Mar Hernández’s photographs question what it means to be abandoned
Radio Cartagena. Images courtesy of the artist.
Onto empty photographs of abandoned places, artist Mar Hernández draws objects, simple markers of human life. A clock, a bathtub, a piano—the ghostly, half-transparent objects suggest the presence of people by emphasizing their absence. The work restores life to the vacuum of uninhabited places by imagining their past, and in so doing, contemplates what is lost in destruction, and what ghosts of the past can remain. Hernández's exhibit, Rewind, at White Noise Gallery, is the third and final chapter in Trilogy of Silence, a series of exhibits that speak to the presence of humanity by displaying its missing-ness.
Hernández chose locations to which she has some connection through family history, primarily around Murica, Spain. Sometimes, she stumbles across these abandoned places by accident, but other times she does deep research into the history of the city. "I try to document the changes that the areas are going through," Hernández tells Creators. "I portray how they keep on living even in their apparent stillness." Hernández has an archive that she has been compiling since 2008. From her archive, she selects images and then begins to sketch the next layer on tracing paper until she has finalized the composition.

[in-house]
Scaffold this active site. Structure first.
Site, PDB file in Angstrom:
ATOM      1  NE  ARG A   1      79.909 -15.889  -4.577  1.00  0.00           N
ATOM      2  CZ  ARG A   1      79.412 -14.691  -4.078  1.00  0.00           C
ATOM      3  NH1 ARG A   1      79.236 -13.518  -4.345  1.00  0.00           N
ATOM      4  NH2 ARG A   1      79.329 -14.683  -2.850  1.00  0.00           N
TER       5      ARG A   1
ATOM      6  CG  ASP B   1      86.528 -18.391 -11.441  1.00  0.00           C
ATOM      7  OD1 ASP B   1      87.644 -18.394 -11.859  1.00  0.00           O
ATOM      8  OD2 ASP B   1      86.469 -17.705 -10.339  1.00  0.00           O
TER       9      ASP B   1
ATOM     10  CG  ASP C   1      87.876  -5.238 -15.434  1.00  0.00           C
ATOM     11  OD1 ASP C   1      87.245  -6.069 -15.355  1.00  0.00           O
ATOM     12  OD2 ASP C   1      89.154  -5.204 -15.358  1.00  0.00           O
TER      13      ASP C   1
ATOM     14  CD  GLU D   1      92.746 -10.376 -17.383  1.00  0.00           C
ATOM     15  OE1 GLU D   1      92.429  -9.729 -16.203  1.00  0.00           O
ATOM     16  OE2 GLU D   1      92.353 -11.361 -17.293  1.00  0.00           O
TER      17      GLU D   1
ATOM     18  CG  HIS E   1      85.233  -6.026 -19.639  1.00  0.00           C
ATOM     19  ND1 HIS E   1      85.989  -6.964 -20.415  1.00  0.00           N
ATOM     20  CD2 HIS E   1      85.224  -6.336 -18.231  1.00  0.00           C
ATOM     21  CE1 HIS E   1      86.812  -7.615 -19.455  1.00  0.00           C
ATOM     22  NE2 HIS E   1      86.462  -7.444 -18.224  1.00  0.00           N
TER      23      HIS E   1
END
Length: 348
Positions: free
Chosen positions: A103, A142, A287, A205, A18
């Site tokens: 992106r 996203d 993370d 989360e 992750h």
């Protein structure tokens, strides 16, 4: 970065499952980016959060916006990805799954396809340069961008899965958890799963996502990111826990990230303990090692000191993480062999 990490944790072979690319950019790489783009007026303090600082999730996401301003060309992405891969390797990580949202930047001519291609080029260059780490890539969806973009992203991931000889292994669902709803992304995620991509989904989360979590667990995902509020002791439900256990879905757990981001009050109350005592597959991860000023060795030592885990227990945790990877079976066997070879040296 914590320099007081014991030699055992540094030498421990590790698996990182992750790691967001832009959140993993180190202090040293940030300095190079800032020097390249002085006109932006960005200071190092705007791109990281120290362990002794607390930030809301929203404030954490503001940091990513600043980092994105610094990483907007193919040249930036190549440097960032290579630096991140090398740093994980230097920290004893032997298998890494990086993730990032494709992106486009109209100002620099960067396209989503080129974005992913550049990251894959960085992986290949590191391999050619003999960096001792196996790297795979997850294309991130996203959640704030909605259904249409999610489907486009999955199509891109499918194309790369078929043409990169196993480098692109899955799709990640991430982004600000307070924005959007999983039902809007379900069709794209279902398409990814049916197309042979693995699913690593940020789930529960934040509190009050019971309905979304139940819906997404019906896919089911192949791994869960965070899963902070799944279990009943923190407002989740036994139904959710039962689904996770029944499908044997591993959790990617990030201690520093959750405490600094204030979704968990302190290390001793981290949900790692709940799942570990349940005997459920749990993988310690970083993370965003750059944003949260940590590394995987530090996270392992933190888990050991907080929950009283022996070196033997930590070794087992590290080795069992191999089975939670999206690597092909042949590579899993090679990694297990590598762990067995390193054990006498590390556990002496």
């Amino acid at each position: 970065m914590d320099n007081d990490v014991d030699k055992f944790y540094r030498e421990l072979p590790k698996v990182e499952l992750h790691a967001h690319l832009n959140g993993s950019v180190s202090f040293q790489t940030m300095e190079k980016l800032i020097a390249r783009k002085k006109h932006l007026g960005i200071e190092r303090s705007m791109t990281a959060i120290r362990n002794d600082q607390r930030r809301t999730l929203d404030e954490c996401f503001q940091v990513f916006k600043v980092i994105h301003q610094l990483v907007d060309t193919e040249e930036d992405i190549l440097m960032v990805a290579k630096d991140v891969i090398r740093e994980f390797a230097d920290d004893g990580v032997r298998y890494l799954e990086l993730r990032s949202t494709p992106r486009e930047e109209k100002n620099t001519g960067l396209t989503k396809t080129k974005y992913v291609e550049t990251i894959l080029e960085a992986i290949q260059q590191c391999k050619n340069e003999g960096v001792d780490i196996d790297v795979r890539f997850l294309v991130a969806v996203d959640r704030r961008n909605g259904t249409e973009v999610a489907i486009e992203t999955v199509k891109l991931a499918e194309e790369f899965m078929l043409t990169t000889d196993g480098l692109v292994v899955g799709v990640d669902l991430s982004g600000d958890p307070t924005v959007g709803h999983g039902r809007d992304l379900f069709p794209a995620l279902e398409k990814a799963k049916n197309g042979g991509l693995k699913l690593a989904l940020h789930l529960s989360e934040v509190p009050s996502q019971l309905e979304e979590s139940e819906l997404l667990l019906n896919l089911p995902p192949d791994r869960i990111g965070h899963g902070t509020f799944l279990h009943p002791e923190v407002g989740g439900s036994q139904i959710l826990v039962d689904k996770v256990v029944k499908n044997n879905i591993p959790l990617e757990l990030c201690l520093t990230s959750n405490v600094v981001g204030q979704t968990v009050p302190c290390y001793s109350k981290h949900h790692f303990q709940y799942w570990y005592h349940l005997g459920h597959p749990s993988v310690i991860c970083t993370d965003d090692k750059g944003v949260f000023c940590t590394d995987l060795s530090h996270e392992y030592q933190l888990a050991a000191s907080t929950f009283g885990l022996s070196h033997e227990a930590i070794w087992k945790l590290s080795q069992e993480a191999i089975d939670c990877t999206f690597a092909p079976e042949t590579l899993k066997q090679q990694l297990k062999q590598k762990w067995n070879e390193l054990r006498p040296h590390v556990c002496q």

While the theme of absence in Hernández's photos can feel deathly, it also represents a kind of peace. Hernández's intricate drawings of material things remind viewers of the human tendency to try to own time. These places clearly do not belong to anyone, but from Hernández's sketches, it's clear that someone once believed they did. Onto a half-standing house where the grass grows wild, Hernández superimposes images of a nuclear family home—a leather couch, a coffee table, a chandelier, and a bust of some important figure. The folly of believing that any home is permanent, that any space can be owned, is evident. With these images, Hernández asks if it is humanity that give places their meaning. "I found a sense of peace in them," Hernández says, "because [my] drawings give them hope. I try to build a new life for these ruins."
Rewind is up at White Noise Gallery until July 31st.